Côte d’Azur—33 miles of heaven

Cote d’Azur. It sounds sexy just saying it.

          Where did you summer?  

          The Cote d’Azur.  

Sexy.

Cote d azur

NICE, FRANCE

Our first day here, we hit the ground running. We browsed the striped canopies of the Cours Saleya market on the periphery of Vieux-Nice (old Nice). Here we found an intoxicating number of vendors with cheeses, oils, artisan salts, breads, and fruits–the essentials for a picnic on the beach, or in our case, a picnic in Parc du Chateau.

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A bottle of sparkling wine in hand, we hoofed it to the top of the Parc du Chateau (Castle Park) for a panoramic view of Nice: the Promenade des Anglais, Baie des Anges (west), and Port de Nice (east). Sweeping views of the cerulean Mediterranean Sea and the stippling of terra cotta roofs gifted us with a beautiful introduction to the Côte d’Azur. (I hear the views at sundown are also stunning.)

panorama

While in Castle Park I ventured along some meandering pathways to find myself in Cimetière du Château. I love visiting cemeteries. They whisper of rich and often intimate histories of those who rest there.

Nice-cemetery

At the bottom of the park, we posed with the I LOVE NICE sign, and then headed to the beach.

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We opted for a private beach where we rented 2 chairs, 2 towels, an umbrella, and a handsome cabana boy. We ordered Aperol spritzes and soaked in the sights.

aperol

The sunbathers were absolutely beautiful. Sauntering women in silky Versace kaftans. Sometimes in heels, sometimes in bikinis, sometimes in neither.

But let me share with you what was not sexy nor beautiful:  getting out of the water. The pebbles (nay rocks) will make a mockery of you, no matter how beautifully you saunter.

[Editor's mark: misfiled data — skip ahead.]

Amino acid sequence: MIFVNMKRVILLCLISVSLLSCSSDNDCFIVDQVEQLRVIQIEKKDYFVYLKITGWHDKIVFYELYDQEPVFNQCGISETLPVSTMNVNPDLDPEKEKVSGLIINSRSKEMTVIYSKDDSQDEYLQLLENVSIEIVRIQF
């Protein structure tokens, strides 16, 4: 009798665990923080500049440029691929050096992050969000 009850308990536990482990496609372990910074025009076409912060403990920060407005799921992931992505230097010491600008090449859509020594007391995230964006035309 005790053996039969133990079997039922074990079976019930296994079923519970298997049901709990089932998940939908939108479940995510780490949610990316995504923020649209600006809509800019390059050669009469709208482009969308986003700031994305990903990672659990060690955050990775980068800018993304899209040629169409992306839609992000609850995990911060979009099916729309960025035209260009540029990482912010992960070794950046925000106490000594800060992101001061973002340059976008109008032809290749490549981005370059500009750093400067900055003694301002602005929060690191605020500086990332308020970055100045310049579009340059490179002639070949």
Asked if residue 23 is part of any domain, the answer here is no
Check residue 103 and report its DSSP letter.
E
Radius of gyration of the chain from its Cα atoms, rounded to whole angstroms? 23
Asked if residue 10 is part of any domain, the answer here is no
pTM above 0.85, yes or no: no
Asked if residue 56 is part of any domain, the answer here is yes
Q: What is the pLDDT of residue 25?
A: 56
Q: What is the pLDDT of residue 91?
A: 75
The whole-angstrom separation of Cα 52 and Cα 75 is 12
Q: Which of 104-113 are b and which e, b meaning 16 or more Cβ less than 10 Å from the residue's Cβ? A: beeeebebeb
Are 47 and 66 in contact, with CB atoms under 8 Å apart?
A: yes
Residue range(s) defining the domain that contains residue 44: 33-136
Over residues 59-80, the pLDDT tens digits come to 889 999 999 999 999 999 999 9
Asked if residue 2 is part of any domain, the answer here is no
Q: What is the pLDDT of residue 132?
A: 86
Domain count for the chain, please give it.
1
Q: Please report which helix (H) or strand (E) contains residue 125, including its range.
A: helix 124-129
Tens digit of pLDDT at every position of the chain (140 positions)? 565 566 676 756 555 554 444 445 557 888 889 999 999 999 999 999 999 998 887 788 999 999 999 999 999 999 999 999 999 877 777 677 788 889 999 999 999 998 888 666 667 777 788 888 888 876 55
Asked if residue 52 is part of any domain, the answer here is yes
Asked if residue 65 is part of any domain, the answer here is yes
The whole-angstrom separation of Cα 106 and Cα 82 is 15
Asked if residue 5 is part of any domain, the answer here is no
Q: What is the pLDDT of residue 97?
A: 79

I am certain that if you listen carefully, you will hear the rocks laughing at me.

The moral of the story: no matter how glamorous you dress for sunbathing on the Cote d’Azur, floaties and good beach shoes are a must.  You have my word. The experience is humbling.

 

Coming soon…Monaco, Eze, Antibes, and Cannes.

Truffles were my ruin

shaved truffles

 

Truffles, as in the tuber kind.

Truffles thrust me into a gastronomic divide–life before truffles, and life after truffles.

French epicure and gastronome Jean Anthelme Brillat-Savarin once referred to truffles as “the diamond of the kitchen.” They are so valuable that people are employed as French Truffle Inspectors due to the presence of imposter truffles on the market. So valuable, in fact, that people will kill for them. Black truffles cost roughly $1000 per pound while white truffles straight from Alba demand an even steeper $6000-$10000 per pound.

I was fortunate to experience these delicacies for the first time when I was fairly young. I was with my parents in New Orleans at Louis XVI Restaurant (now closed), and I ordered the wild mushroom risotto. White truffles had been shaved onto the risotto as a garnish.

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I was intoxicated by this new flavor. It was earthy and nutty and exquisitely complex. I had questions. I asked to speak to the chef.

He graciously proceeded to spin the most fascinating yarn about pigs–or rather truffle hogs– in France that were employed to dig for these subterranean treasures. The hogs are seduced by the truffles’ aroma and feverishly dig until they find them, revealing the glorious gems to the farmers. The caveat is the truffles must then be wrested from the unwilling mouths of the hogs before they consume them. .  

Ce n’est pas maintenant.

Truffle dogs have since replaced truffle hogs because there is less scuffling. Apparently, dogs are more favorable because they do not have a palate for these jewels.

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I recently purchased two black summer truffles when I was in Antibes for 40 euros. I shaved one onto my homemade potato crisps– c’est manifique!  With the other I am tempted to try a truffle sandwich as purists with big purses do.

For the longest time I thought truffles came from exotic, myth-like lands far away. That is, until a couple of years ago when I stumbled upon this article from Garden & Gun about pecan truffle trees in Georgia.

If starting a trufferie piques your interest, inoculated trees are available for purchase. You must know, however, that truffles can be persnickety. Soil conditions must be impeccable, and you may not even harvest your first fruit for 4-8 years. I have heard tales of people hiring truffle nannies to watch over their tubers when on holiday. It’s little wonder they are so valued.

If you do decide to begin a trufferie, please invite me to your harvest. I have an old Nebbiolo from Barbaresco I’ve been waiting to uncork.